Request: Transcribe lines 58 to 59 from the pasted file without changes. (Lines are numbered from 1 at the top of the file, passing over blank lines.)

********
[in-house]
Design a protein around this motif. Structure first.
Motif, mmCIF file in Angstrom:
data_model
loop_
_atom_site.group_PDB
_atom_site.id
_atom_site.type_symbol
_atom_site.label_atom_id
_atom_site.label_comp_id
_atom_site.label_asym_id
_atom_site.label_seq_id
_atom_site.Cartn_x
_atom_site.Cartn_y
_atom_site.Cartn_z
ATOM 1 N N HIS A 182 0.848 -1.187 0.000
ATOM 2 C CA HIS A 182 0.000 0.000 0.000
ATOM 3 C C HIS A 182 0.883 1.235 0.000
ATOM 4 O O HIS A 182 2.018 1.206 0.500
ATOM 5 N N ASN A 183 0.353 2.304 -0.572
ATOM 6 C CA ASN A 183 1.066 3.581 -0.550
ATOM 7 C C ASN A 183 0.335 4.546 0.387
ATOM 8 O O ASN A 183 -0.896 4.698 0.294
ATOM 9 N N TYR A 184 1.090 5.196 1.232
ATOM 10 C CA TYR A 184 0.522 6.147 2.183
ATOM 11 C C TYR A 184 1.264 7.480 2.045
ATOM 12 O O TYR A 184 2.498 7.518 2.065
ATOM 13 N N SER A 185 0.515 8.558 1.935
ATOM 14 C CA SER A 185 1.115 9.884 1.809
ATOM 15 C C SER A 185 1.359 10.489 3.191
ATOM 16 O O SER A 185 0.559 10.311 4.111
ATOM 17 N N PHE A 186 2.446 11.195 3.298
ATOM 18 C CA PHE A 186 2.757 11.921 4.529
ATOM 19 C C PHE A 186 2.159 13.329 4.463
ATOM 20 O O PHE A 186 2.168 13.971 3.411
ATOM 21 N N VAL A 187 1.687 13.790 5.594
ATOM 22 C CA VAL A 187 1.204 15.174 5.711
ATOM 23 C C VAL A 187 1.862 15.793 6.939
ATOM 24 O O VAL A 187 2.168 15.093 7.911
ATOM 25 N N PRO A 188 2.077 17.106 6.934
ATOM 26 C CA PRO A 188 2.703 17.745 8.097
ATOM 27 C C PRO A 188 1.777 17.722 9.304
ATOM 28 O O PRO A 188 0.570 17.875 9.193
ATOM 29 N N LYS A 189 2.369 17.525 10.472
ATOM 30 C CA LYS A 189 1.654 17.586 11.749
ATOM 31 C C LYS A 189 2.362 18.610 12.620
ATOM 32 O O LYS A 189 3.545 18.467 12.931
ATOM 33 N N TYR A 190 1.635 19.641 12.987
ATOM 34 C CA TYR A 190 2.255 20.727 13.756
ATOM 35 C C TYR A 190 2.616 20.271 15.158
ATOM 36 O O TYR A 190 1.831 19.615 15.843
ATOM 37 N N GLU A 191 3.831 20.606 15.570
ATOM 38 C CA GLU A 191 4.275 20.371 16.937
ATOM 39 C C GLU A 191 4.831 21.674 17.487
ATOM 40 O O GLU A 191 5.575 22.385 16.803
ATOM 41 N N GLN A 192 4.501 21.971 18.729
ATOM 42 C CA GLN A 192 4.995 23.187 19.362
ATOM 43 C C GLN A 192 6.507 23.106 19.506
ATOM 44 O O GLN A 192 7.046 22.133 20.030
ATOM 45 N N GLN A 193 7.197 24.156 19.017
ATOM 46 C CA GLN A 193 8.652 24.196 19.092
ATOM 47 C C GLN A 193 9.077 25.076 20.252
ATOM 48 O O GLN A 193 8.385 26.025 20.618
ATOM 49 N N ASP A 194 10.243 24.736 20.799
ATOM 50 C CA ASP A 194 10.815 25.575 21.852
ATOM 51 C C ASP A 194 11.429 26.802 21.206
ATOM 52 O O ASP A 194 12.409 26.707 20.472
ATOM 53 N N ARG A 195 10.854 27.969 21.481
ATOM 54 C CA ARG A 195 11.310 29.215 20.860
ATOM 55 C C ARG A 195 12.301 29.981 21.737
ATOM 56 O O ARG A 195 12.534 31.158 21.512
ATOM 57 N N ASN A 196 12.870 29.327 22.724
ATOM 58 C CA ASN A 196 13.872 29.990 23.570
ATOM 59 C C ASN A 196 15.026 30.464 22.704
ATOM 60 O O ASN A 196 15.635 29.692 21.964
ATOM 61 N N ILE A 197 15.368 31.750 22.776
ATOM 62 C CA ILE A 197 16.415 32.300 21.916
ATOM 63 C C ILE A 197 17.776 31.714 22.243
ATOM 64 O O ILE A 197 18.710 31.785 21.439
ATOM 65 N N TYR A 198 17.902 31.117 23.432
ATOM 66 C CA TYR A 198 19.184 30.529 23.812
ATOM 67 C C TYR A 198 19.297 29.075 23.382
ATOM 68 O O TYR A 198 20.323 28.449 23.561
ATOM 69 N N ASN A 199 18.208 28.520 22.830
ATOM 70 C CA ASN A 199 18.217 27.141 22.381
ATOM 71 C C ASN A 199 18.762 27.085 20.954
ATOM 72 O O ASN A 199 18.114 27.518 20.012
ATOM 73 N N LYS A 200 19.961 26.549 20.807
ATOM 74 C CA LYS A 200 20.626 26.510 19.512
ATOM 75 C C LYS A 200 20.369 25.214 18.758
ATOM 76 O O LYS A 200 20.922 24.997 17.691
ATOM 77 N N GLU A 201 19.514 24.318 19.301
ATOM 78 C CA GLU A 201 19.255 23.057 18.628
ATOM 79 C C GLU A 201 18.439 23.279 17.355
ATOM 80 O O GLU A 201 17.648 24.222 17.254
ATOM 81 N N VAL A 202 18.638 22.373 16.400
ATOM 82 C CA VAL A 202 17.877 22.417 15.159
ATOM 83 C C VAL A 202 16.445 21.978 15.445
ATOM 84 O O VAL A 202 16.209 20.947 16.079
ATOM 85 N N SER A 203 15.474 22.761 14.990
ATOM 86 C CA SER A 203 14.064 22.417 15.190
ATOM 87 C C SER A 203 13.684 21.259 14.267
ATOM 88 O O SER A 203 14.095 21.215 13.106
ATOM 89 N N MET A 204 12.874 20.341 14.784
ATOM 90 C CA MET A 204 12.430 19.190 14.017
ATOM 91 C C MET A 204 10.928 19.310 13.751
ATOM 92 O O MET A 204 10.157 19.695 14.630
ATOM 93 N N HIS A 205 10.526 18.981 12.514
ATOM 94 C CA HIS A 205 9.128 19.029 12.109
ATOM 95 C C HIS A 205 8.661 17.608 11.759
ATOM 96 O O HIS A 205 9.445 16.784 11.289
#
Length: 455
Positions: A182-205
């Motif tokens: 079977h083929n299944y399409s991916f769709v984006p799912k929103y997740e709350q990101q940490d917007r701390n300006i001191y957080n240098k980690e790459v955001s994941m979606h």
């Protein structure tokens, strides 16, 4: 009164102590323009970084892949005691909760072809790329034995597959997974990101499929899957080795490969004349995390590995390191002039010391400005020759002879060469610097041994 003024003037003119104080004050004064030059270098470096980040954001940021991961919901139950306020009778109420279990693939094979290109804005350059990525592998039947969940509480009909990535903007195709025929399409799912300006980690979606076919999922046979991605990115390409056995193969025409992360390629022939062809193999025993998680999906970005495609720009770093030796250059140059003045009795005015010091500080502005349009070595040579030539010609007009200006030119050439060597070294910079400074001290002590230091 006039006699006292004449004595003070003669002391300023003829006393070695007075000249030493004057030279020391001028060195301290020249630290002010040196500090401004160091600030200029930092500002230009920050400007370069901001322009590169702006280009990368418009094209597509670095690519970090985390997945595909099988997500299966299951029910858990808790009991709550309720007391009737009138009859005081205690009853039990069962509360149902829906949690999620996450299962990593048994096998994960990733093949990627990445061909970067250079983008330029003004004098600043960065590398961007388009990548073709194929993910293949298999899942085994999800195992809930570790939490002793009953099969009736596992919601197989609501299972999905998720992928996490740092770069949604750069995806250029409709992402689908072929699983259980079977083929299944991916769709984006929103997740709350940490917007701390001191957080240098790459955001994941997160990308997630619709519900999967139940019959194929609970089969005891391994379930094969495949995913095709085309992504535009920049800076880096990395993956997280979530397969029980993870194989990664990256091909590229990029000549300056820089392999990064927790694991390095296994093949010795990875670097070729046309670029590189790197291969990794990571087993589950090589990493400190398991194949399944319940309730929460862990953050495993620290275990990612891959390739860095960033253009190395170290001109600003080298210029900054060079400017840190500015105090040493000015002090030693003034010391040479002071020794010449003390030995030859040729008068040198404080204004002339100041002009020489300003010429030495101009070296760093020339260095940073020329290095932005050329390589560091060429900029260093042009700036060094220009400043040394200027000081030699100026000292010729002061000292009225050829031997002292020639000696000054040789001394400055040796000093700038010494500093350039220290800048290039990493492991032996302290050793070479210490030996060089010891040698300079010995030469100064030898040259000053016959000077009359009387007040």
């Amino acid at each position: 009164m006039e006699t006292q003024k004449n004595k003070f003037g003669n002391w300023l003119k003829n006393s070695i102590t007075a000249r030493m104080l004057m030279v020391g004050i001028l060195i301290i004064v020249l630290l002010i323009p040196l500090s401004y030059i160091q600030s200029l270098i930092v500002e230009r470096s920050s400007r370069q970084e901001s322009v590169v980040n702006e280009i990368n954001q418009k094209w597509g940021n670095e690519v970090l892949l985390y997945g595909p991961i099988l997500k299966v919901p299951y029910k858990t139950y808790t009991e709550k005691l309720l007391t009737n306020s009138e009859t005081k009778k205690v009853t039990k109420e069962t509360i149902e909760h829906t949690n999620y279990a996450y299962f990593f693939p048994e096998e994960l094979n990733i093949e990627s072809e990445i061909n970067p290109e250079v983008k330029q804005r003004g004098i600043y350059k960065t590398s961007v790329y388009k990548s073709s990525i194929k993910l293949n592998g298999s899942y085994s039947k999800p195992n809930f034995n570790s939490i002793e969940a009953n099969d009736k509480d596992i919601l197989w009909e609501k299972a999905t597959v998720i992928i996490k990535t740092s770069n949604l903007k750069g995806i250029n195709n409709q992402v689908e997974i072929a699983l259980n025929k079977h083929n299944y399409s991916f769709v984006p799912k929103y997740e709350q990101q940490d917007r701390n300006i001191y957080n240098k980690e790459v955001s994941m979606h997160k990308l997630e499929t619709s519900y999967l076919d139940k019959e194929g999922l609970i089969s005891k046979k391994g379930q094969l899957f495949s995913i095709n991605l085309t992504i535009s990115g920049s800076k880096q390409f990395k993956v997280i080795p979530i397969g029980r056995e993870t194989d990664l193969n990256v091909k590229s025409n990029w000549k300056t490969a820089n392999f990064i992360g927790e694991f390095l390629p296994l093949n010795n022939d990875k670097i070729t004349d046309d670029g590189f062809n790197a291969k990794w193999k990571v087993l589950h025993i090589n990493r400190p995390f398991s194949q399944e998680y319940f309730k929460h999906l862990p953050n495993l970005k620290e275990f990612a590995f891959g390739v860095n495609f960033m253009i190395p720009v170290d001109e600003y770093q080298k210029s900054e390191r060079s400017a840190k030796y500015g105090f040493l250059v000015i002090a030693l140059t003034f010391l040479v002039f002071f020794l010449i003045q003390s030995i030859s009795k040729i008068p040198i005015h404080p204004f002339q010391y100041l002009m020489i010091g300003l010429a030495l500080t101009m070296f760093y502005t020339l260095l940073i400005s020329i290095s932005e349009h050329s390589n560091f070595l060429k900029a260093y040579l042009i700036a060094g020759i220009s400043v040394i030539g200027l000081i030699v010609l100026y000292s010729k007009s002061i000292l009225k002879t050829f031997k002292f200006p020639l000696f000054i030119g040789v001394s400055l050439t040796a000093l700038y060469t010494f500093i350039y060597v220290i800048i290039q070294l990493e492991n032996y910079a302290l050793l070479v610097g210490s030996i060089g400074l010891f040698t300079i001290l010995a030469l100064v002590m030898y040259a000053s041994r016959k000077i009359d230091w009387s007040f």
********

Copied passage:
ATOM 43 C C GLN A 192 6.507 23.106 19.506
ATOM 44 O O GLN A 192 7.046 22.133 20.030